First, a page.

As I speak around the country I get feedback from learning professionals about many issues that impact the way organizations manage their leadership pipelines. Here are some relevant myths and facts:
Myth No. 1: The past is a good predictor of the future.
The high-potential pool historically has been the recipient of training and development expenditures intended for the development of future leaders. The assumption is that past performance is the best criteria for allocating scarce training and development resources.
This assumption needs to be examined. Few industries spend more effort to measure talent based on past performance than does the National Football League. Indeed, the past performance approach reaches all the way back to measurements of high school graduates in the hope of predicting future success. Entire groups of talent specialists examine college players, review films and click stopwatches at tryout camps for football players graduating from college.
Yet, even with these mounds of data on a fairly narrow set of performance parameters (speed, size, strength — precise measures compared with the more complex and amorphous performance parameters of organizational leadership), the record of predictive accuracy is abysmal. For example, the 2005 draft was a colossal bust for most in the NFC North. There were a combined 30 players taken by the Vikings, Bears, Lions and Packers. According to Star Tribune in Minneapolis-St. Paul, only three remain on the roster of the team that originally selected them as of April.
So what is a reasonable alternative to past performance? In the case of development of future leaders, the suggestion is to look for highly motivated and engaged employees to receive investment capital. The challenge is finding those employees. The tuition assistance benefit is a vehicle. In all organizations, the employee’s decision to get an education requires that those employees invest along with the company, certainly with their own time and energy if not with dollars. In these cases, motivation and engagement replace prior performance as key identifying factors for consideration.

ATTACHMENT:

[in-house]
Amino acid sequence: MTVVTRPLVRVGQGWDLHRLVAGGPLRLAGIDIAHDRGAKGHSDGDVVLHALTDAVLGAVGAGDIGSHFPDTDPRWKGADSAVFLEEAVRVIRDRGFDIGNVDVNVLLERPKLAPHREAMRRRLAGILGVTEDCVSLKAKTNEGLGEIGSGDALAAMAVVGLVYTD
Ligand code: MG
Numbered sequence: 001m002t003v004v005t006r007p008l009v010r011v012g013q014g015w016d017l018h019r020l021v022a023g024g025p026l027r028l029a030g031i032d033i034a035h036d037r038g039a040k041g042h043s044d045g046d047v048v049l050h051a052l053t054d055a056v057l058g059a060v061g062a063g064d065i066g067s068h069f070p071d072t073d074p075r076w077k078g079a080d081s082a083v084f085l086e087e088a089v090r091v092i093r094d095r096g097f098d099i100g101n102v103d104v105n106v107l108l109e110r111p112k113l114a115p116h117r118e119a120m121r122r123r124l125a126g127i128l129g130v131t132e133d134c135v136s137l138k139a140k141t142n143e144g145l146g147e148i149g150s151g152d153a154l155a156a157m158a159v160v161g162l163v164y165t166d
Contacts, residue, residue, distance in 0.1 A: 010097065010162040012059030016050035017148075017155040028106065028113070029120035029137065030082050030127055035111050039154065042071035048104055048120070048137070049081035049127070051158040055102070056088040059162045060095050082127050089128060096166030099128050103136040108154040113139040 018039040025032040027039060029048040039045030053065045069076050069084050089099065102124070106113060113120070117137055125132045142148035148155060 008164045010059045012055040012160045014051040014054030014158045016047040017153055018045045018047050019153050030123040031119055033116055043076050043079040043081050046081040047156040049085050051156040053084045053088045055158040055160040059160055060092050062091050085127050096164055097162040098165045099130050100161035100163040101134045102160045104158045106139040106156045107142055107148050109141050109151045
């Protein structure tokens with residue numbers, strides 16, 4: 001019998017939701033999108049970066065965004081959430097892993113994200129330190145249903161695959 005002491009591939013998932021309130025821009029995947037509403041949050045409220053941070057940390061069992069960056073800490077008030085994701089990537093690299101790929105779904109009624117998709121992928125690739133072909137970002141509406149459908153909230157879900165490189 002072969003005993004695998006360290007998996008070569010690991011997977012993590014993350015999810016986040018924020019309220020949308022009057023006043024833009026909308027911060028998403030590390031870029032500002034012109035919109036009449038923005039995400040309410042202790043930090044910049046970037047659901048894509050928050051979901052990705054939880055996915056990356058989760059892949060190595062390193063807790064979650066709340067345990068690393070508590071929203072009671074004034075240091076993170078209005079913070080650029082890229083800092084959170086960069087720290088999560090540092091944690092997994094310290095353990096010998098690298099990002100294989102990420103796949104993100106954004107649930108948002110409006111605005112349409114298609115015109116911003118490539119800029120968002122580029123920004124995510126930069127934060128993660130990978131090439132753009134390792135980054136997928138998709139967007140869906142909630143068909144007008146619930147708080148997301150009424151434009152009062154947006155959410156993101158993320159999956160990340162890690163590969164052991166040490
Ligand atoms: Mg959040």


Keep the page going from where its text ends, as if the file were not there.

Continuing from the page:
Myth No. 2: “I knew of a situation where an employee ___ so ___.”
This is the tyranny of a sample size of n=1. This is the projection of a personal experience onto an entire population. The issue of investment in a talent strategy is not about past experience with a single employee, or even with a handful of employees.
The criterion for a human capital investment is the average experience with a large sample of occurrences, not the lost training dollars from an employee who got training then went to a competitor. This is in sharp contrast with tangible asset investments, in which the investment is expended on a single asset such as a plant or a piece of equipment. In human capital investments, the focus most often is on thousands of employees, not a single employee.
The focus on avoiding the loss of a single employee (risk avoidance) at the expense of creating a large pool of future leaders leads to policies that are neither sufficiently innovative, nor far-reaching in scope, to address leadership development challenges.
Conclusions about the value created from learning and development must involve data on hundreds, if not thousands, of employees receiving the intervention, not a single employee.
Myth No. 3: Employees quit their jobs over pay.
Actually, the No. 1 reason employees quit is because of actions, or lack thereof, by their immediate supervisors. This result has been verified in survey after survey. While the survey data is valuable, even more valuable are actions designed to do something about retention. Here, targeted training and education for the development of future leaders has a significant impact, a result already seen in corporate strategic relationships with senior leadership at Verizon Wireless, The Home Depot and Convergys.
In these organizations, the critical transition from individual associate to supervisor is being accomplished through a strategy of targeted learning. The education of engaged employees equipped with knowledge that makes them better managers increases the likelihood of employees who work for them staying with the company longer. It is a win-win for employees, their direct reports and the organization.
These are but a few examples of widely held myths that often block the innovation required to remain competitive in a rapidly changing global economy. Like all myths, they are easier to perpetuate than dispel. Yet it is the latter, and not the former, that enables creative and empowered responses to changes in technology and world markets.
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